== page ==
Hindu Yuva Vahini is being discussed in UP politics once more. However, the topic of discussion this time is not the organization’s aggressive Hindutva nature, but rather a decision by CM Yogi Adityanath to completely dissolve the Hindu Yuva Vahini. This decision has shocked some people, while others are debating the new political speculations behind it. People are apparently wondering why the decision was made to dissolve the organisation that helped Yogi Adityanath reach this position in Uttar Pradesh politics today. Was he asked to do so by the Bharatiya Janata Party? Is there another strategy behind Yogi Adityanath’s decision?
Hindu Yuva Vahini is an organisation that grants Yogi invincibility.
If you are interested in Indian politics, you must have heard various stories about the two leaders’ comparisons over the years. These two leaders are Prime Minister Narendra Modi and Chief Minister Yogi Adityanath. This analysis is frequently heard on social media and in discussions among common BJP supporters that, after Modi, Yogi is the leader who will become the country’s Prime Minister. People frequently notice parallels between these two leaders.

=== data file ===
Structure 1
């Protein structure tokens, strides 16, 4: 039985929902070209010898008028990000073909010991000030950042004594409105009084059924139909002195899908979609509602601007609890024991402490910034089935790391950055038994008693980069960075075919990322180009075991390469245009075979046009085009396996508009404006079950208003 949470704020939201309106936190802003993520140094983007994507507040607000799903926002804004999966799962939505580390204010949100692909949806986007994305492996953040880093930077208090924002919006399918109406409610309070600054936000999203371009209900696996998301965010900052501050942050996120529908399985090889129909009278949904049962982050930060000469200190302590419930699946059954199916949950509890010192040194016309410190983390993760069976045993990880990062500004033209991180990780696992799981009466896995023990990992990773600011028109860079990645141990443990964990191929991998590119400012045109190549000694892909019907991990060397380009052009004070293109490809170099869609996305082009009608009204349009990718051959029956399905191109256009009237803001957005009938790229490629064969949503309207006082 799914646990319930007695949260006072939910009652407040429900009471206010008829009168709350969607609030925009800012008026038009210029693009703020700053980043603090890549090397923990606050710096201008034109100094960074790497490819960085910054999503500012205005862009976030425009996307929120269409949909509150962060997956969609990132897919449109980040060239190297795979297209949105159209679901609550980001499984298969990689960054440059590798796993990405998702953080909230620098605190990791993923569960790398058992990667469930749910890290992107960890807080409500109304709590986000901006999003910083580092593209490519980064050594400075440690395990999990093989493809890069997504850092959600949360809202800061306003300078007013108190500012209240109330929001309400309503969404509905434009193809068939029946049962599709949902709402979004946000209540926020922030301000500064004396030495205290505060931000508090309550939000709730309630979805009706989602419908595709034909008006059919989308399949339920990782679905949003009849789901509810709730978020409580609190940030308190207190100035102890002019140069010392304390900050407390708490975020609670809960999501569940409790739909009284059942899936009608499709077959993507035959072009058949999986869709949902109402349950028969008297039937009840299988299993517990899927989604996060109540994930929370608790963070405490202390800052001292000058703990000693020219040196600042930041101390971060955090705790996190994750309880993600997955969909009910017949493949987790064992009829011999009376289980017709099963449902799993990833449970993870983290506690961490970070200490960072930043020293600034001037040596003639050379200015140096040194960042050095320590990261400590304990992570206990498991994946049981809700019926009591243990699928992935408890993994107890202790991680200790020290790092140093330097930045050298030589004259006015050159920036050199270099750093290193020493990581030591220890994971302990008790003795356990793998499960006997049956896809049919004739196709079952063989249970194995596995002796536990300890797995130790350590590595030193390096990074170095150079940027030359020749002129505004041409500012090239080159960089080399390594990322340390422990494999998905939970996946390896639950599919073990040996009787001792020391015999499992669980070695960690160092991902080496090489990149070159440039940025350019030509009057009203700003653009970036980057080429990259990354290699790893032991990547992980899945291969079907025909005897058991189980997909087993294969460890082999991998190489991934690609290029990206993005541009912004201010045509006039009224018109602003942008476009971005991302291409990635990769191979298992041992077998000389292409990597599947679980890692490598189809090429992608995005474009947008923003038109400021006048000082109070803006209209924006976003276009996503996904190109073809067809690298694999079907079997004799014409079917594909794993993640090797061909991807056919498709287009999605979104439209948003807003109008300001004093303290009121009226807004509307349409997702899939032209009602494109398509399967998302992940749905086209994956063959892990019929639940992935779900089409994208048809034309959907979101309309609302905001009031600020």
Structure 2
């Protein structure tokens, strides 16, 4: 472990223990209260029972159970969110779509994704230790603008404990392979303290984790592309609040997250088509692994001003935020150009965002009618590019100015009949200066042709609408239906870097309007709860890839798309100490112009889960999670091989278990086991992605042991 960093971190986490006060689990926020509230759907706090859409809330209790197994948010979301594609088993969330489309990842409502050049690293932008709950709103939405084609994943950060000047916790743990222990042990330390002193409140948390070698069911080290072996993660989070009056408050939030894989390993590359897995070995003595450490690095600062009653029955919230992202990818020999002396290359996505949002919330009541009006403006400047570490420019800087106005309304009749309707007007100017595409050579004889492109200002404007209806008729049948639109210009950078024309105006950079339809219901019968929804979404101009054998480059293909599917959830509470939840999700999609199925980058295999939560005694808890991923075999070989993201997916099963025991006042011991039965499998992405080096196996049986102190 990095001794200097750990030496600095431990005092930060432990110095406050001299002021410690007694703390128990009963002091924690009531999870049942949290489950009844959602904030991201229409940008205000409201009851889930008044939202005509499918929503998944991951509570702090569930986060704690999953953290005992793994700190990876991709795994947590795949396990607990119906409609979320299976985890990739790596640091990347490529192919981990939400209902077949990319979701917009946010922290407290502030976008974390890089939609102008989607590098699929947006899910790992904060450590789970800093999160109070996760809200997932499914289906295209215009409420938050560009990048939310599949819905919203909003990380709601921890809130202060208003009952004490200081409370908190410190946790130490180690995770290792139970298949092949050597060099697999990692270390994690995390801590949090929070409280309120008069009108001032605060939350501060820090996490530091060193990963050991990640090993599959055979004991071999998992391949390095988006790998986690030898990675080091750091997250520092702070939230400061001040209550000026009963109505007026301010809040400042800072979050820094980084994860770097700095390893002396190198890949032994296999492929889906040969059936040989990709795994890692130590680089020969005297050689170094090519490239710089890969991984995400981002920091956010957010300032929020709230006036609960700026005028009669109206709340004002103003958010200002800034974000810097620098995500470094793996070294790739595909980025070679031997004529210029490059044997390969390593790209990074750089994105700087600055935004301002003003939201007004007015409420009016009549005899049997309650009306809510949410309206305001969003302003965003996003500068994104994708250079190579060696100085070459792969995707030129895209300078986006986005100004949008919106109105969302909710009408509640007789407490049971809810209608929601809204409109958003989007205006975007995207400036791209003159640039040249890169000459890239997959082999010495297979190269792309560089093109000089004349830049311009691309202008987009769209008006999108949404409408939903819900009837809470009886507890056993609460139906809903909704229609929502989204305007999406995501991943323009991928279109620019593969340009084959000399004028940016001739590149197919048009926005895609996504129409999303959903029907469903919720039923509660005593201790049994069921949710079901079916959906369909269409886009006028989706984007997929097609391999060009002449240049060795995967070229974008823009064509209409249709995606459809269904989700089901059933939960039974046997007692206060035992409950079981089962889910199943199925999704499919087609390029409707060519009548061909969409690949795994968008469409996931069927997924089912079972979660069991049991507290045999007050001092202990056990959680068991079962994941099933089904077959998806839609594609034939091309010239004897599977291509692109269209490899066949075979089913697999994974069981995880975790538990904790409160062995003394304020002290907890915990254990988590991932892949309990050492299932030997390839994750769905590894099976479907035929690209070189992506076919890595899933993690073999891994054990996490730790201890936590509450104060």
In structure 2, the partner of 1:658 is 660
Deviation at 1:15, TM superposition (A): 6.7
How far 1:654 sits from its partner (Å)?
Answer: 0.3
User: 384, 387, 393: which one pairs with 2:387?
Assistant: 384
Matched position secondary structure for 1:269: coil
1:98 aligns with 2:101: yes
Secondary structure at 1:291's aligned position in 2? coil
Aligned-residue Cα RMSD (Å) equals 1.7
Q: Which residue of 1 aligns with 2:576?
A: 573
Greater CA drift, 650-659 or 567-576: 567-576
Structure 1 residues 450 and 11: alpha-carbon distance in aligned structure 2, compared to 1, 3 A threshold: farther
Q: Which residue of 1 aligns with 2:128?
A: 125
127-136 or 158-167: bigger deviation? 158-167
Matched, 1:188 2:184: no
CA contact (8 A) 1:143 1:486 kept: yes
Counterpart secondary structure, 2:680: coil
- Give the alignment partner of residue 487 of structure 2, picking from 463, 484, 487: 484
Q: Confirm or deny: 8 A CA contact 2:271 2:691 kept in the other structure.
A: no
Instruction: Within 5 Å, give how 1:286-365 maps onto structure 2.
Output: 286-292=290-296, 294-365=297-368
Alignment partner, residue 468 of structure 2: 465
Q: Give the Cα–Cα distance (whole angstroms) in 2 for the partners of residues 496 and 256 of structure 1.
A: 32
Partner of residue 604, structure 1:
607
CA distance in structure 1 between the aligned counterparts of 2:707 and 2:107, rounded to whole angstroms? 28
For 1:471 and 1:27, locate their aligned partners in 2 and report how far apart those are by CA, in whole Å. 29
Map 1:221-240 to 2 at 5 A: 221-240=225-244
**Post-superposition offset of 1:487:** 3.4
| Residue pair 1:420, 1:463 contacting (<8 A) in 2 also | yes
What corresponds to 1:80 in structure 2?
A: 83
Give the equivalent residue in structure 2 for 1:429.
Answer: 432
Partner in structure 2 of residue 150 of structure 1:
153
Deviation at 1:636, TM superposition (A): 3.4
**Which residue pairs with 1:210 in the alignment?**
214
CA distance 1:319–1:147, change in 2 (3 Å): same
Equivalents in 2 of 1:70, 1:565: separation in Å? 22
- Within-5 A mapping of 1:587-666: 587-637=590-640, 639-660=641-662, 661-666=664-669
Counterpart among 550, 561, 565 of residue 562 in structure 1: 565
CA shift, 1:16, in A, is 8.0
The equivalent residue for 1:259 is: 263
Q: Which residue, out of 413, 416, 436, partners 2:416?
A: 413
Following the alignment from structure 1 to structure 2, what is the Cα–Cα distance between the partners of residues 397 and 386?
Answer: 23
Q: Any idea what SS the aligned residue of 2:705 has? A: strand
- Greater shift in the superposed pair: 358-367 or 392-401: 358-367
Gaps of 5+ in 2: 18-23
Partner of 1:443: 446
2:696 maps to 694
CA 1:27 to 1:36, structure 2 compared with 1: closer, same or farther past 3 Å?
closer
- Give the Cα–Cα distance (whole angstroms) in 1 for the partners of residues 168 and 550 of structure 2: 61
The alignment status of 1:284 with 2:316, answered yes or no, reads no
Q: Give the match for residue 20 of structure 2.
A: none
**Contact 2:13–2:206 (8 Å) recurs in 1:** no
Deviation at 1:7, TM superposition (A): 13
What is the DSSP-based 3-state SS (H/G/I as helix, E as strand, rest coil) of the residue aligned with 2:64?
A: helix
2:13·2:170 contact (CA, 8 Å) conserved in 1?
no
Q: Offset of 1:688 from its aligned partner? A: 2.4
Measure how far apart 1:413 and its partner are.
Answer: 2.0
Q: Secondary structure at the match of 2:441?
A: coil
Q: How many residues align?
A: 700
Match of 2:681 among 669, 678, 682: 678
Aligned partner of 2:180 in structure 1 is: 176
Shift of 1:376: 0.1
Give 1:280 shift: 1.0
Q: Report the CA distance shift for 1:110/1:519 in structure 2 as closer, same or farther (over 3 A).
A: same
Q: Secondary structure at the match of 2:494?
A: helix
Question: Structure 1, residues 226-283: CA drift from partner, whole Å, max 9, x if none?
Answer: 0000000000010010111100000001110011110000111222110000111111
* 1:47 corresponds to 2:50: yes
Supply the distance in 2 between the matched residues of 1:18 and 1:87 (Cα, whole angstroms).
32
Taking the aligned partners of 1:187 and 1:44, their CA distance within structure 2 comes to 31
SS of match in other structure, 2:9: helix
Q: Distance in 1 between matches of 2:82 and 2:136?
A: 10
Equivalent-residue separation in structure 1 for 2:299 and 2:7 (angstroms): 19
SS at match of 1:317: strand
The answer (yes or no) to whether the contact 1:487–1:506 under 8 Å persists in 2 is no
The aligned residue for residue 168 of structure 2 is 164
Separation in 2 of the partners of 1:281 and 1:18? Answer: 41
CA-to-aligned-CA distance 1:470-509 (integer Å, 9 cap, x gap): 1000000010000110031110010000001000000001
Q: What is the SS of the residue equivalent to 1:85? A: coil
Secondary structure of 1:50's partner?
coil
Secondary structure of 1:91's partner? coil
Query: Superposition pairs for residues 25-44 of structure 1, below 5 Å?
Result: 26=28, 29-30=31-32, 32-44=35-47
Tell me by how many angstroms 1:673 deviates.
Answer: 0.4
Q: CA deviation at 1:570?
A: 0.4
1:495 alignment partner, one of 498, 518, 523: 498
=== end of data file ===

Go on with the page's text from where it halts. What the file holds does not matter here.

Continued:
These two leaders have never lost an election in a straight race. In Indian politics, they are unbeatable. Many factors contribute to Yogi’s invincibility, the most important of which is his own organisation, Hindu Yuva Vahini.
Dhirendra K Jha, a senior journalist, published a book titled Yogi Adityanath and The Hindu Yuva Vahini in 2017. In this book, he describes the moment when Yogi Adityanath had to confront a figure for the first time about his declining political popularity. According to a book review article published in the Hindustan Times, Yogi Adityanath, then 26, won the Gorakhpur Lok Sabha seat by a margin of 26000 votes in 1998. Soon after his first victory, Yogi Adityanath established his first non-political organisation, Gau Raksha Manch, to mobilise Hindu votes in his favour.
However, when Yogi Adityanath ran for re-election from Gorakhpur in 1999, his margin of victory was reduced to 7339 votes. This was a concerning situation. This is due to the fact that in 1967, Mahant Digvijay Nath was elected MP from Gorakhpur, and later Mahant Avaidyanath maintained political influence from here. However, seeing the margin of victory shrink in the 1999 election results, Yogi Adityanath may have seen his fears of political defeat for the first time and immediately began attempting to alleviate this fear.